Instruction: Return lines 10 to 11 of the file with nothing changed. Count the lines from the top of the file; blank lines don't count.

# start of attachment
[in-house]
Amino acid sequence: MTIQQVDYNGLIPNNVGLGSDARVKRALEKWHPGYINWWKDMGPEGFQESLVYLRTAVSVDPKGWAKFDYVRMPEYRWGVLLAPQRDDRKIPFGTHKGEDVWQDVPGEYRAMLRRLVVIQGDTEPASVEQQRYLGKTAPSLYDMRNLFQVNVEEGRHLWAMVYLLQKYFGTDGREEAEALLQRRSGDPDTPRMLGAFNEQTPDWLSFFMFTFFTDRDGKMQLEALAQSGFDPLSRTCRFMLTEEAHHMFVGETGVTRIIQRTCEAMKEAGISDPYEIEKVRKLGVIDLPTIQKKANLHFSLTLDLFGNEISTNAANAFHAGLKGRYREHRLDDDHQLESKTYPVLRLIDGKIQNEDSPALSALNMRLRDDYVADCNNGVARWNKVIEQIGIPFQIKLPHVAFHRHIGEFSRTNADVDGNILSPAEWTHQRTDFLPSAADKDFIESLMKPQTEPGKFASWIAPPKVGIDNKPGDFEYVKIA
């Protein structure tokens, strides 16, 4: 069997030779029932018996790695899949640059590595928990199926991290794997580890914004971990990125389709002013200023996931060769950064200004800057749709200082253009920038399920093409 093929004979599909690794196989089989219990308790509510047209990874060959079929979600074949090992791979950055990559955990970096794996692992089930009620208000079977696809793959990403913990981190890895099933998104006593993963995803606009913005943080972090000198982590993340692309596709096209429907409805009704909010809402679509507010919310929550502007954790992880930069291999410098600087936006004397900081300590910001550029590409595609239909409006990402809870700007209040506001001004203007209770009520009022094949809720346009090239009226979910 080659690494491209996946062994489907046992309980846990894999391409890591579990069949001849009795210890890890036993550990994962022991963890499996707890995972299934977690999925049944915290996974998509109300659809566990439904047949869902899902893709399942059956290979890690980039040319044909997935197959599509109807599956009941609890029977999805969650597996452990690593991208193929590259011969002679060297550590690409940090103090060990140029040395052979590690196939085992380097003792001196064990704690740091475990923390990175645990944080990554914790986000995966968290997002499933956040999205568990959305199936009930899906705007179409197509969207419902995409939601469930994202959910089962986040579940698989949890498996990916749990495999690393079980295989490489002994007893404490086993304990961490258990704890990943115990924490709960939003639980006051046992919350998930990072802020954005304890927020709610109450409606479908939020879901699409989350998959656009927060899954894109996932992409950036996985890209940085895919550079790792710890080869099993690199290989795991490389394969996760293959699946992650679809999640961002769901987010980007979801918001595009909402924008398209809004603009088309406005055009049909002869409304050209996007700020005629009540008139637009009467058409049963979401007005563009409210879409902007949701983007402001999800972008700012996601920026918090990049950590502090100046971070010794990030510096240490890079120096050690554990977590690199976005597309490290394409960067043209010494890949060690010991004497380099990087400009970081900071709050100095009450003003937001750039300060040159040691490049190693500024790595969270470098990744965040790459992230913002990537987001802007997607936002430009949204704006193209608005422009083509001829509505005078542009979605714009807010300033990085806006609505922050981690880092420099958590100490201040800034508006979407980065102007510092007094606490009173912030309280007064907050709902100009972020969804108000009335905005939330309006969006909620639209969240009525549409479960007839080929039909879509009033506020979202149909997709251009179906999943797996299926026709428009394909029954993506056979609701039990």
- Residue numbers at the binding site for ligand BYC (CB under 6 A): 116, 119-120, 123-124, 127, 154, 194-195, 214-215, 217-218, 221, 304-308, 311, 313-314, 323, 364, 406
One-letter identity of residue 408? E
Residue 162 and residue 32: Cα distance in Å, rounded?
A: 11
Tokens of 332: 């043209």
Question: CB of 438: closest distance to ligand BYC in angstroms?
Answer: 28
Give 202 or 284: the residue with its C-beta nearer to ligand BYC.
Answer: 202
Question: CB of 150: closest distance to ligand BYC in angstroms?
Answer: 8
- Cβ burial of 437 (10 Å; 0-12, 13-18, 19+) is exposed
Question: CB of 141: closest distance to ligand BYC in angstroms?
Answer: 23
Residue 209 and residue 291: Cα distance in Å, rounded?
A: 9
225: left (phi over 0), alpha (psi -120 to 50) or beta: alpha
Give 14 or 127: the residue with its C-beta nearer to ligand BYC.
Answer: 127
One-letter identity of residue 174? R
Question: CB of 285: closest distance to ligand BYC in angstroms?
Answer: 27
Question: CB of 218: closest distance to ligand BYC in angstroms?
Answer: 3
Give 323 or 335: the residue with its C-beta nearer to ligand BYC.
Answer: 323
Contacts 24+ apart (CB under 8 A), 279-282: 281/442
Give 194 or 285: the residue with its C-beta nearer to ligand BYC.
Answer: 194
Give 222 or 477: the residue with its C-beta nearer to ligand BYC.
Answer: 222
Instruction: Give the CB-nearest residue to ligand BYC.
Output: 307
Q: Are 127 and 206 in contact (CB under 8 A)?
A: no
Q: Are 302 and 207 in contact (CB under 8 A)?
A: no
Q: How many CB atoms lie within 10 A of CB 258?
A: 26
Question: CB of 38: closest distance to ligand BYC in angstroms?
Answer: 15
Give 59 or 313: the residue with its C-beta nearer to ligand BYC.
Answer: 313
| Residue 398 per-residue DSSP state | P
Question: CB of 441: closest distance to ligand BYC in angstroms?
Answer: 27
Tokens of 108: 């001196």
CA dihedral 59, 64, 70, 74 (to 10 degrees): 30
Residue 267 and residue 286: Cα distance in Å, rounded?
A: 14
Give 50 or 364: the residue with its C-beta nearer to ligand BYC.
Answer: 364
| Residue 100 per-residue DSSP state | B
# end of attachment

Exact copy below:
Answer: 28
Give 202 or 284: the residue with its C-beta nearer to ligand BYC.